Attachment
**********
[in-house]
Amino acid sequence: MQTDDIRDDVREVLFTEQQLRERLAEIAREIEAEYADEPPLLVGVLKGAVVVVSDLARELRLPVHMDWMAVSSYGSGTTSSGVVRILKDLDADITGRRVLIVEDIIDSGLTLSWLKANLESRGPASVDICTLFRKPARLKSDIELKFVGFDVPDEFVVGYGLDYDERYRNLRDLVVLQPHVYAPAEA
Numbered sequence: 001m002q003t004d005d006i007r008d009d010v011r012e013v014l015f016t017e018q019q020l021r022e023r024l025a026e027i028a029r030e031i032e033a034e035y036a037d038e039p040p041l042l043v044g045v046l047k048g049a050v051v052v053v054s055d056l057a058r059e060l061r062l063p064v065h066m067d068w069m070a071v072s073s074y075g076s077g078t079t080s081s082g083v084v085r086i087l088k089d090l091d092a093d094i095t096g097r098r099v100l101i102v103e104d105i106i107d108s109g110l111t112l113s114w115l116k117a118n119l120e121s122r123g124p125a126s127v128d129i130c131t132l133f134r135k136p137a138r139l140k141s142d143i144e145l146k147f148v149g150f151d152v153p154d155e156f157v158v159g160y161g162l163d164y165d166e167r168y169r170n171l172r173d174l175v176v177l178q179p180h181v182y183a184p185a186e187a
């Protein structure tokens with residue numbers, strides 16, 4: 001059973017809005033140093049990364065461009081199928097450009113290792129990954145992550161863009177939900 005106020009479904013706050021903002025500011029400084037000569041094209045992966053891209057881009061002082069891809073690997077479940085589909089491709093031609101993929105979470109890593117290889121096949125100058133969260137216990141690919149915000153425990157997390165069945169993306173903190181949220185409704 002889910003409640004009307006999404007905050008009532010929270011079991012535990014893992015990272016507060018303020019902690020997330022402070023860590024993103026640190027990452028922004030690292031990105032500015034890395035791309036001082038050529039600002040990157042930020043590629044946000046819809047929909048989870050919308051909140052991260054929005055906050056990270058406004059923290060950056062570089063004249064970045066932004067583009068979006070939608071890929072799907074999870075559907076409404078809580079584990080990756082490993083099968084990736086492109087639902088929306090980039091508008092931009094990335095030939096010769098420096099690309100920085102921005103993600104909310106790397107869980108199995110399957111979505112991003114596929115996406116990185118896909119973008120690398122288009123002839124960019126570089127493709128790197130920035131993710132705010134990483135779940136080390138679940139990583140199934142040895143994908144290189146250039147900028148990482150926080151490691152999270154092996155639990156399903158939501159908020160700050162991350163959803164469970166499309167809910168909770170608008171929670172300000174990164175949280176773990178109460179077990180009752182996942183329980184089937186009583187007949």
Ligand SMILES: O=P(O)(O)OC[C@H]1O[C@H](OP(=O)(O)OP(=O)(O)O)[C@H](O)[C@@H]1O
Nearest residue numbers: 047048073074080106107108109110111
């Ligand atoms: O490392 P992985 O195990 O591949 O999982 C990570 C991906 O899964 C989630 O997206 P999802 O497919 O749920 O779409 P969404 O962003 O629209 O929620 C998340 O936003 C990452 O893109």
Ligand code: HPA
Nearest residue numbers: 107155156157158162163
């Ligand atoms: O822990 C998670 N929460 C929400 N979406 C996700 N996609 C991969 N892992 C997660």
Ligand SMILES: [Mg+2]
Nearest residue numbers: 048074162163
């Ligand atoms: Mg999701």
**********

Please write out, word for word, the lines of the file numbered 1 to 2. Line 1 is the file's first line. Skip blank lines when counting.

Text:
[in-house]
Amino acid sequence: MQTDDIRDDVREVLFTEQQLRERLAEIAREIEAEYADEPPLLVGVLKGAVVVVSDLARELRLPVHMDWMAVSSYGSGTTSSGVVRILKDLDADITGRRVLIVEDIIDSGLTLSWLKANLESRGPASVDICTLFRKPARLKSDIELKFVGFDVPDEFVVGYGLDYDERYRNLRDLVVLQPHVYAPAEA